Novels about writers seem to be a proven method for engaging an audience, and P.A. Piatt’s Redcaps Rising was no exception to the rule. In Redcaps, the protagonist, Walter Bailey, is a fantasy writer looking into the suspicious death of his grandmother. A mild-mannered gentleman with a propensity for living in his own mind, Walter finds himself in… unusual circumstances almost from the beginning of his investigation.
When he stumbles into the Secret Garden Shoppe and is treated to the first hints of an otherworldly conspiracy, Walter starts to indulge the belief that his “gram,” had not, in fact, perished in a failed carjacking.
This sardonic novel should come with several disclaimers. First, it is hilarious. One needs to steer clear of hard floors and fluids when perusing this first effort by the indie author. Because there is a reasonable chance one will fall on the floor in fits of laughter. Or pee their pants.
In addition, the novel exposes the reader to a dark and vulgar brand of humor. It works well within the story, complementing the various characters and their personalities. It adds some level of poignancy to the story, even, which might have been missing had this profane element been elided. However, this book probably is not for kids. Despite the fantastical nature of the story.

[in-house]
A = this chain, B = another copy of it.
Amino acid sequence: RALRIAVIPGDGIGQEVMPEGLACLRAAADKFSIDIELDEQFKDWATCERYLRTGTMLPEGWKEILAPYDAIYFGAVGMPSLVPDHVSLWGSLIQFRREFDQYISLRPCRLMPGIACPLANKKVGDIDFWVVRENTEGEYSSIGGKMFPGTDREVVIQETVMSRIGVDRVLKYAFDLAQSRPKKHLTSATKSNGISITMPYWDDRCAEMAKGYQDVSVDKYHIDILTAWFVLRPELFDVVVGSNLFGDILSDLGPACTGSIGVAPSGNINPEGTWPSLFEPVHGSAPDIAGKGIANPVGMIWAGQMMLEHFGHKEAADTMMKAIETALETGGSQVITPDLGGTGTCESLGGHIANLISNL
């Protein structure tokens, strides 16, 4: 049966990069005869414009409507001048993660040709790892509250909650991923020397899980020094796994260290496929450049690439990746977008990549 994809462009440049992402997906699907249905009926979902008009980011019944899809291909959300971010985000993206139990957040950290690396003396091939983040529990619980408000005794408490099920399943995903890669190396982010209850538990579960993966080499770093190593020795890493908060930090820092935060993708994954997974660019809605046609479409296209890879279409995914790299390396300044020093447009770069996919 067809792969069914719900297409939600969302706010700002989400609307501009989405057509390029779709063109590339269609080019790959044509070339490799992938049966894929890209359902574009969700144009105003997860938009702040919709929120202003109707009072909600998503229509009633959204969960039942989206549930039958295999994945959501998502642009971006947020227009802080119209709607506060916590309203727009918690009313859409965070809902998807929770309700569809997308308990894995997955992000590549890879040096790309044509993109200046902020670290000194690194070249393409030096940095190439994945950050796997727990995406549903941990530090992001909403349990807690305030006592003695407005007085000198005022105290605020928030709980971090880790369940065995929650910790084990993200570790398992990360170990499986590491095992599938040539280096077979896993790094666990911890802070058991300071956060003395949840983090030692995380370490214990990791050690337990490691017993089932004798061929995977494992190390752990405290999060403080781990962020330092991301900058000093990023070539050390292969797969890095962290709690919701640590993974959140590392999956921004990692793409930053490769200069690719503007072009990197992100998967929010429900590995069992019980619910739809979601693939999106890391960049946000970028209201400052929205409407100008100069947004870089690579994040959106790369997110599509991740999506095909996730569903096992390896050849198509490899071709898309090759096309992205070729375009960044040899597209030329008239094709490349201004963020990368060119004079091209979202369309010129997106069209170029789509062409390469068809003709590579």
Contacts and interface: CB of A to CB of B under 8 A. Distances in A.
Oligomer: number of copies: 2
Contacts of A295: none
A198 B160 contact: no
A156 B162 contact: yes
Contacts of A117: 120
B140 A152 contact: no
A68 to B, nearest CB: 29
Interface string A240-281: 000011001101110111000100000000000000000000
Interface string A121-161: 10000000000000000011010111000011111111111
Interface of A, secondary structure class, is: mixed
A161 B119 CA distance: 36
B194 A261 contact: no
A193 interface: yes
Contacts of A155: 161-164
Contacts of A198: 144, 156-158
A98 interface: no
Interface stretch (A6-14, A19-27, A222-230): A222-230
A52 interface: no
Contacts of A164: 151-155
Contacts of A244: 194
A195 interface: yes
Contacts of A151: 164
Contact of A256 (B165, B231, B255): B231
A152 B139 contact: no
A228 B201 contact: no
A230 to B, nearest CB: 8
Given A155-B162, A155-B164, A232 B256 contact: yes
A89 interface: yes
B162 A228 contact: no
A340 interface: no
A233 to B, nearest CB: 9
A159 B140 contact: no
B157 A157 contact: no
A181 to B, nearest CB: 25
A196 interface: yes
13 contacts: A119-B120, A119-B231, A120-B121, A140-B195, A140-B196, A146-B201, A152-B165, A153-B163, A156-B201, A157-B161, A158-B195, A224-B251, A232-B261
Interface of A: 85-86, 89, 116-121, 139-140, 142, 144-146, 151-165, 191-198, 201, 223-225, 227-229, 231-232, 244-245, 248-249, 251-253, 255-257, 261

Redcaps Proves Fantasy And Humor Can Mix
On a related note, it is not often that we hear fantasy and humor used in the same description for a novel. Combining the two can be difficult. Yet, P.A. Piatt achieved with some competency what many other authors, including esteemed names like Piers Anthony, could not. Redcaps was funny and enjoyable. I’m rating it as above-average; I recommend it.
Ultimately, the creativity and tension of the story overcame its many weaknesses. The chapters are short, and these truncated divisions help supplement the pacing of the story. While the novel meanders a bit at times and offers a liberal dollop of exposition, it also makes the otherworldly seem human.
Within the first few pages, Walter Bailey is drinking excessively and playing poker with elves. If that weren’t odd enough, throughout the story, the reader is treated to an orcish gangster, nymph prostitutes, an ugly garden gnome, and an eccentric Uber driver. The search for Walter’s grandma’s assassin quickly becomes a road trip.